COVID-19 is real. It’s wreaked havoc on society.
Like most other industries, agriculture has taken a beating. Dairy processors, farmers and allied companies all have suffered and now face a new world of personal protective equipment, social distancing, self-isolation and other preventative measures.
With that said, what happens when a pandemic hits America during a pivotal election year and politics rears its ugly head?
Two different views
Since this country is so evenly divided between Democrats and Republicans, there’s a true schism in how people view COVID-19. Republican governors have been quicker to reopen their states than their Democratic counterparts. National polls show that Republicans tend to eschew facemasks, while Dems thoroughly believe in them.
Democratic governors and members of Congress lambast President Trump for his ineffectiveness in dealing with the virus. The President accuses the Dems of trying to drag out this virus — with its related shutdowns — as long as possible.
Some questions can legitimately be asked when viewing this pandemic through a political lens. Are there political motives by state governments when determining how quickly their states re-open? Why did certain states and businesses receive more USDA funding for the Food Box Program than others? Why is there a push by Dems to have U.S. citizens vote by mail in November? Why are farmers being wooed with COVID-19 stimulus funds in key battleground states such as Wisconsin?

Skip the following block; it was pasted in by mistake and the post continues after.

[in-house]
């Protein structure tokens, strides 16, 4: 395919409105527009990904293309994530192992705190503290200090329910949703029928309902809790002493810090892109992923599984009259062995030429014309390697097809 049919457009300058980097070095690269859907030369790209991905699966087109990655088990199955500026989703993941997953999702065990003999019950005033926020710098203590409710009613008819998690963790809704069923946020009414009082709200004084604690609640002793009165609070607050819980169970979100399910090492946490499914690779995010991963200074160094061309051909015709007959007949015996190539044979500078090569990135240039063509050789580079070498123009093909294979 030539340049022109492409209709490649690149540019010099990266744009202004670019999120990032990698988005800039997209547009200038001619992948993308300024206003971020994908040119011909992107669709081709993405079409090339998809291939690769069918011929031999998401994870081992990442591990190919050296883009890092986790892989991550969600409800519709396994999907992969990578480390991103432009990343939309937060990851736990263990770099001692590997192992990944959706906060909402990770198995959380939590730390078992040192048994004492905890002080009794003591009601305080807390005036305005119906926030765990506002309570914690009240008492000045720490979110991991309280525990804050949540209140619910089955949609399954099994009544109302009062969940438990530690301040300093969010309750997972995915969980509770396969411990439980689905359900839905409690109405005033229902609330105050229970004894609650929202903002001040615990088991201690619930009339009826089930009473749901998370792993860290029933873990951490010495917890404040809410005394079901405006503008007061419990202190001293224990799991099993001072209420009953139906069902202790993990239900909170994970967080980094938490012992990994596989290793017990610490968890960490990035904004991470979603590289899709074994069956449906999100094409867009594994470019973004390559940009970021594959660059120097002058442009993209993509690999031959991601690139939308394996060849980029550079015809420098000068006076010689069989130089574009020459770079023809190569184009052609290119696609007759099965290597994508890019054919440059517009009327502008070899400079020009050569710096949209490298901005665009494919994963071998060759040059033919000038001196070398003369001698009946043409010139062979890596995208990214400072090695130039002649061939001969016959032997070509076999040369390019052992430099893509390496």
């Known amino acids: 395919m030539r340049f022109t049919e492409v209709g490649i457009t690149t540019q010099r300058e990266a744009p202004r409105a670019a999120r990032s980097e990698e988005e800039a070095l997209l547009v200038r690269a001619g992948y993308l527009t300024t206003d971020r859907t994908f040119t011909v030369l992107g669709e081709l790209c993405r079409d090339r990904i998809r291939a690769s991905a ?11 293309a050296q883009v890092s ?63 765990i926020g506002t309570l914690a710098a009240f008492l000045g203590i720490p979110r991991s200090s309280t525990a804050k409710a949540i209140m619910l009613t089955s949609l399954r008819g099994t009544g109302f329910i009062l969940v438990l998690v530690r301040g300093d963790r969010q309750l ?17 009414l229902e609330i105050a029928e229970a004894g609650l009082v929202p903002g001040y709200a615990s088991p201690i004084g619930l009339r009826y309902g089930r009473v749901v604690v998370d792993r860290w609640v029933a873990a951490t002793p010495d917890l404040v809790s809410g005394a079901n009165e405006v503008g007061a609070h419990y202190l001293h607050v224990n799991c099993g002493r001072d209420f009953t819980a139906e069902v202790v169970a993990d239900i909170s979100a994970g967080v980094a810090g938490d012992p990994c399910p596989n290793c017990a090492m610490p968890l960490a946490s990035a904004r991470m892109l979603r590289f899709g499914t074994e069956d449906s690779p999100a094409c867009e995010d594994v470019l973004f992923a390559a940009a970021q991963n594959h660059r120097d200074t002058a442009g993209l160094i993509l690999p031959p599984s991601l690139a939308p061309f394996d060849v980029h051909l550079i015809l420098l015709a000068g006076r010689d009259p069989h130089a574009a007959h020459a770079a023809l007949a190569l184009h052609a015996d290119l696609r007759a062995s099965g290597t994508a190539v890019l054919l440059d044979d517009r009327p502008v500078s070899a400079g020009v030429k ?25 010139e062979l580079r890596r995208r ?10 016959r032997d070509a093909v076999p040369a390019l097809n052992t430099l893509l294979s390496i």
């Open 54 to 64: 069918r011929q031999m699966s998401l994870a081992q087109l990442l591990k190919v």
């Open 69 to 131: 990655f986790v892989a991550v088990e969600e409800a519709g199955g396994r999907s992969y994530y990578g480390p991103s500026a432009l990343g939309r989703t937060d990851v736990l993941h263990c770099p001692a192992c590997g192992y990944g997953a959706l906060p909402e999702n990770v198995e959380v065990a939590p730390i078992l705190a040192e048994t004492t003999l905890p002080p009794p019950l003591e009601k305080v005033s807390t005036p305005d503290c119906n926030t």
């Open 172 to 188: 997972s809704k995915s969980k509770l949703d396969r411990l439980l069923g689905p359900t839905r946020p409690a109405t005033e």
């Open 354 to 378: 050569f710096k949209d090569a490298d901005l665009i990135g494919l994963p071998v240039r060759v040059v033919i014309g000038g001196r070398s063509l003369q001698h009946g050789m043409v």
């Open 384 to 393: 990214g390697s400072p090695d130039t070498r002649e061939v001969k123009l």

In Wisconsin, our Democratic governor attempted to implement some of the toughest restrictions in the country. These were eventually overturned by the Wisconsin Supreme Court. However, individual counties now have power to set their own rules, and the two most liberal counties — Dane and Milwaukee — instituted extremely stiff lockdown regulations.
Could Wisconsin be one of the most critical states in determining whether President Trump is re-elected? Could it be that the Democratic leaders of these two counties wish to continue stifling any economic recovery?
Everyone knows the old adage that “people vote with their pocketbooks.” If the economies don’t recover prior to November, will that rob Trump of a key electability factor?
The COVID-19 pandemic has unleashed a tsunami of troubles on the United States and its industries, including the dairy industry. Because of the timing, the dark side of politics has pulled the focus away from society collaboratively working together to solve the myriad problems associated with the virus.